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  • Writer's pictureSara White

Avios flight points may be taxed, warns HMRC

Updated: Mar 21

British Airways Avios members may have to pay VAT on tickets bought with Avios points as a result of HMRC’s review of the airline’s VAT treatment

Sara White, Editor, Accountancy Daily


The airline group told shareholders in the latest interim management report that HMRC is considering changing the VAT treatment of its Avios points scheme which gives members access to free flights and upgrades based on credits earned. In recent years the Avios scheme has been extended to a number of other benefits, giving access to cheaper car hire and shopping discounts.


This extension of the scheme triggered the HMRC review and it is now considering ‘whether to charge the tax on membership of the Avios programme’. The tax authority is in talks with British Airways to address the issue.


British Airways said that ‘at 30 June 2023, HMRC has issued protective notices of VAT assessments for the 19 months ended September 2019 to Avios Group (AGL) Limited, a controlled undertaking of the group trading as IAG Loyalty’. They also confirmed that none of the VAT notices were due for payment.


IAG Loyalty accounts for VAT depending on the nature of the goods or services for which Avios are redeemed, the vast majority of which are flights, and zero-rated. It added that the VAT accounting continued to be ‘based on historical rulings issued by HMRC’.


HMRC has not confirmed whether it considers its emerging view to be retroactive or only prospective in nature. The Group expects further developments in this matter during the remainder of 2023, which may include HMRC issuing an update to its emerging view. This follows talks with HMRC and IAG Loyalty during the first half of 2023.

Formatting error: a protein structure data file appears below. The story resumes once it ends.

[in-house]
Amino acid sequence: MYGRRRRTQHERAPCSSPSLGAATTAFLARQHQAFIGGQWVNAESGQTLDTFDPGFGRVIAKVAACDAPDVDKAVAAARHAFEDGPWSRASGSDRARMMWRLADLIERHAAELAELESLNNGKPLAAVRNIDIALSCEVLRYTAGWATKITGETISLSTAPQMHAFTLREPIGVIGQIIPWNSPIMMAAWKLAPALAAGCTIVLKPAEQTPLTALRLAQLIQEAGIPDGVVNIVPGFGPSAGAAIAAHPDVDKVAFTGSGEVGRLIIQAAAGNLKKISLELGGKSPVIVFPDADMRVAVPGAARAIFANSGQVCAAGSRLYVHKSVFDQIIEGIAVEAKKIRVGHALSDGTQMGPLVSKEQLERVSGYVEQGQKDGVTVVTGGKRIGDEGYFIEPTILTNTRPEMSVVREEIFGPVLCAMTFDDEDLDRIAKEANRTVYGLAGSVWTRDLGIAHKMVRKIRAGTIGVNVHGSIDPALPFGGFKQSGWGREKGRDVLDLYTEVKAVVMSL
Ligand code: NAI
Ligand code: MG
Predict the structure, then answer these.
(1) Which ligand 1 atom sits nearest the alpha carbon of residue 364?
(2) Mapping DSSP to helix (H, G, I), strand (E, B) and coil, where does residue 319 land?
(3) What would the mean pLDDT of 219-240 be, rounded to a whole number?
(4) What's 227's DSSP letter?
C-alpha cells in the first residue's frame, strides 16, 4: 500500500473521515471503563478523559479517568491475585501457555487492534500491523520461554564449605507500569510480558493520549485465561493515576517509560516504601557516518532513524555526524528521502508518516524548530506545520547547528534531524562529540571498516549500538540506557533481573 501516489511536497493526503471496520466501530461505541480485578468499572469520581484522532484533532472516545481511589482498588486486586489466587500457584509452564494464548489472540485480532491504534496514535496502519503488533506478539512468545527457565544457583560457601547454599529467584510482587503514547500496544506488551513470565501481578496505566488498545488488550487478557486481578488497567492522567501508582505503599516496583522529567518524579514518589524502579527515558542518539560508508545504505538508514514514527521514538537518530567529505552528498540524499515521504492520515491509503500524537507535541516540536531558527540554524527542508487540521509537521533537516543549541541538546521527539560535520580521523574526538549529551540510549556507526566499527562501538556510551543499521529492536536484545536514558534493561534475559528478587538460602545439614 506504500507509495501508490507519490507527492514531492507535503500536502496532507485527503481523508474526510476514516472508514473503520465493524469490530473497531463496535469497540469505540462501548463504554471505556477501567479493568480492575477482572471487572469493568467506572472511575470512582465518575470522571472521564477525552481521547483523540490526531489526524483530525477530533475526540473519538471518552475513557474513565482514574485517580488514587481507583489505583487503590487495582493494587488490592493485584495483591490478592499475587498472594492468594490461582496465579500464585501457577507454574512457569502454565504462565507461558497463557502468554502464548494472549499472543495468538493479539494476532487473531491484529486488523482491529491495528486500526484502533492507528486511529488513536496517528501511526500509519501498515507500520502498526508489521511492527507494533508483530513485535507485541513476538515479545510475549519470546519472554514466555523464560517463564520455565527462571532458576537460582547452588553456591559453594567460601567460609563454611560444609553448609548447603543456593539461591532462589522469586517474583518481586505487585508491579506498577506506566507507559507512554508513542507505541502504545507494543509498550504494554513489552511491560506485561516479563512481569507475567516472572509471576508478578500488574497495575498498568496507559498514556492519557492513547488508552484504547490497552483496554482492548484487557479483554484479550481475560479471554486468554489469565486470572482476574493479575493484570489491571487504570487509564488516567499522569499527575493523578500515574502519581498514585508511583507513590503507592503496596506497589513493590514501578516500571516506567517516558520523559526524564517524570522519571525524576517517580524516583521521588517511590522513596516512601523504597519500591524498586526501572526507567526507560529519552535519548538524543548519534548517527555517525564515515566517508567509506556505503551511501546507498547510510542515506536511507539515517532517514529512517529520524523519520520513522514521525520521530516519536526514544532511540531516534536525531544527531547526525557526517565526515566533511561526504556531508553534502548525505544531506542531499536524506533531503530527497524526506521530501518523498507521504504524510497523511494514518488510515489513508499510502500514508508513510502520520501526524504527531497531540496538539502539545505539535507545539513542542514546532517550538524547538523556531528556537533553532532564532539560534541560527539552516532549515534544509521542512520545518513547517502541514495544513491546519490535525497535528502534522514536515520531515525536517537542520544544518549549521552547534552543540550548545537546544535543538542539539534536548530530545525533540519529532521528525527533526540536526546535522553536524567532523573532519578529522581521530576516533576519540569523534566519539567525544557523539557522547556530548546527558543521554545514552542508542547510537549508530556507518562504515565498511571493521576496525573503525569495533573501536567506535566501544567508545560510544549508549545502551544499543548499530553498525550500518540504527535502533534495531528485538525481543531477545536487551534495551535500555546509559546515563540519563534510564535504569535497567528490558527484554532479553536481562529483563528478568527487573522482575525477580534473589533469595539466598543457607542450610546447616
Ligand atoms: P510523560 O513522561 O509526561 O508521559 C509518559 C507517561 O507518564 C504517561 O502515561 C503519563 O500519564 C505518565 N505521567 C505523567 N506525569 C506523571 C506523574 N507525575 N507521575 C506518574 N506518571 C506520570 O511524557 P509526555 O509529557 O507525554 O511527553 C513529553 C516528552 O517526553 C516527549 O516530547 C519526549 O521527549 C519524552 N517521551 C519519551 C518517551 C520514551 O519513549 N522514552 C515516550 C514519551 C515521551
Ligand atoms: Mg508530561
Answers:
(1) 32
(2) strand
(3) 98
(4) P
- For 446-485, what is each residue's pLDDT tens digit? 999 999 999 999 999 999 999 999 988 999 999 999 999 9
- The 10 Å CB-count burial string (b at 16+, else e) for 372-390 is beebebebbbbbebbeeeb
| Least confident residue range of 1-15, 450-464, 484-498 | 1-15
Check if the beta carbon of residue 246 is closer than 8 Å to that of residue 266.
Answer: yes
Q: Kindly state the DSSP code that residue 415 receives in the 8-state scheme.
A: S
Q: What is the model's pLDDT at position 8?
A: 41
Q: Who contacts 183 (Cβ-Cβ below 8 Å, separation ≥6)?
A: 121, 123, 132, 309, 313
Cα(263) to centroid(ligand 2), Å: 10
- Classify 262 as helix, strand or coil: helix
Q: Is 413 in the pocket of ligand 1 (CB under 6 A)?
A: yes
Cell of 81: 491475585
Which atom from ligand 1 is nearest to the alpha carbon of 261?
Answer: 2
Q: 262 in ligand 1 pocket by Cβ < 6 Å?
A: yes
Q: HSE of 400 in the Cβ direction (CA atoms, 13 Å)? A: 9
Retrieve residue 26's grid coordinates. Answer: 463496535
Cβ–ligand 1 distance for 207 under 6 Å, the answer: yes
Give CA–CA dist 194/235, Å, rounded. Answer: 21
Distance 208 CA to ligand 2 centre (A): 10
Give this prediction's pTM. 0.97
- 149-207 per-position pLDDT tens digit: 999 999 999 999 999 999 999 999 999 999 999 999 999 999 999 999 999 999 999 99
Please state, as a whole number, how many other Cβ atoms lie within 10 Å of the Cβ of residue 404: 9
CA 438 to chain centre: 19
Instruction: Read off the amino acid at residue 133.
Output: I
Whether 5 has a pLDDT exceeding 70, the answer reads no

British Airways stressed that ‘given the early stages of HMRC’s enquiries there remain a number of possible scenarios that could eventuate. The Group has reviewed HMRC’s emerging view with its legal and tax advisors and considers it has strong arguments to support its VAT accounting, including having received rulings previously from HMRC on the matter, and therefore does not consider it probable that an adverse ruling will eventuate’.


Accordingly, the Group does not consider it appropriate to record any provision for this case at 30 June 2023. It added that any ‘disclosure of a potential range of exposures, associated with the aforementioned possible scenarios that could eventuate, could prejudice seriously the position of the Group in its ongoing engagement with HMRC’.


If the Group is unable to reach agreement with HMRC it said it would take the case to the First Tier Tribunal (FTT).


If this were to happen, British Airways said it would ‘need to pay, without admission of liability, to HMRC the total amount of assessments issued at the time of application to the independent tax tribunal, which will be recoverable, in part or in full, should the Group be successful in the case’.


Until HMRC further progresses its enquiries, it is not possible to determine the payment required, if any, but any potential payment may result in a material cash impact on the company.


During the first half of 2023 British Airways issued 66.4 billion Avios, a 14% increase from the first half of 2022. It also added new ways for members to collect points with over half of members using an online shopping portal, ‘Avios Balance Booster’ leading to half a billion Avios issued in the first few weeks. From July British Airways Executive Club members earn Avios, based on spend instead of the distance they fly, making it simpler and more transparent.



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